The Constitution guarantees that the US will have no official state church, but it also guarantees that all citizens have the right to express their religion. These two clauses do not always sit easily next to each other. Both emphasize religious freedom, but what happens when people’s desire to express their religious commitments comes into conflict with American civic life?
One site for this ongoing inquiry has been American public schools. Can students pray in school? What if it only happens during non-class time? Can schools lease their buildings to religious organizations? What about teaching evolution? Or the Bible as literature? Do students have to say the Pledge of Allegiance, with its “under God” clause? These questions have been raised over and over again as private citizens, religious communities, school districts, and the state have sought to figure out how to formulate its commitment to religious freedom.
In this seminar, we will explore the contentious relationship between church and state as it has played out in American schools. Through sociological, legal, and historical sources, we will examine both the unfolding history of this relationship and we will attend to some of the larger questions it raises about religion, freedom, spirituality, and what it means to learn.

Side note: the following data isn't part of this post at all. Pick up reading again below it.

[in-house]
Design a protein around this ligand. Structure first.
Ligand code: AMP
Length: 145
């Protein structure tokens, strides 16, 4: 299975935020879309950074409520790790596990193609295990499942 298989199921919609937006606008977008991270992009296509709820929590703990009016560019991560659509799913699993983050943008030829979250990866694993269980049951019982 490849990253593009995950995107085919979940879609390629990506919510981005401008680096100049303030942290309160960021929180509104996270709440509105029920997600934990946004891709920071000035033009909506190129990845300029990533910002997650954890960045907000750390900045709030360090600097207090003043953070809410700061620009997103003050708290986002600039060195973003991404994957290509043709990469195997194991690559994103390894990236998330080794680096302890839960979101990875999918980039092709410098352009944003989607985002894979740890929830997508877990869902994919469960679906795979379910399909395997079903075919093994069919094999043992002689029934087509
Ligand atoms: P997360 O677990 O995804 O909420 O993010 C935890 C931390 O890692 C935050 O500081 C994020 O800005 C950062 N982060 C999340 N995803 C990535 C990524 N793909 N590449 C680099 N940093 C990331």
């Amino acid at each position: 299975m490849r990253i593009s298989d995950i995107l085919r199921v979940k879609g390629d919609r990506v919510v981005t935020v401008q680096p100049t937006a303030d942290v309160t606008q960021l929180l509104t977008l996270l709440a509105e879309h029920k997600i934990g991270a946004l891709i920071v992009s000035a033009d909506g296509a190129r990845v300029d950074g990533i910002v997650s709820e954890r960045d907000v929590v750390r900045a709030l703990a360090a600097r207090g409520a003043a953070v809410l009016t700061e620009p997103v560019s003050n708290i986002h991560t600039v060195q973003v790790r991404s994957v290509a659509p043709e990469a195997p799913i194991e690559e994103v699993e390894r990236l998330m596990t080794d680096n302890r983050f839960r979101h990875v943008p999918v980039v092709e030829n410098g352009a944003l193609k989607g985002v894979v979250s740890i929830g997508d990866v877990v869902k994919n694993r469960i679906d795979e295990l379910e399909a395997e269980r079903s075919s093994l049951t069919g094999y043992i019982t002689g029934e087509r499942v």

You will have the opportunity to conduct original research into specific court cases that have shaped the history of church-state relationships. At issue in these projects will be the mostly-implicit definition of education that hides in the legal language about where the state ends and where religion begins. You will have the opportunity to read deeply and interpretively across a range of sources including Supreme Court rulings, newspaper reports, and other contemporary accounts.
Workload varies with units taken.
Stanford Introductory Seminars are small, discussion-based classes. Therefore, enrollment is limited. Preference is given to rising Stanford first- and second-year students who haven't had the opportunity to take an Introductory Seminar previously. A portion of seats are open to students participating in Summer Session. Interested students may self-enroll in Axess whenever there is an open space.
Cross-Listings: RELIGST 13N, AMSTUD 117N
EDUC 117N, RELIGST 13N, and AMSTUD 117N are part of the Non-Standard Summer Quarter Schedule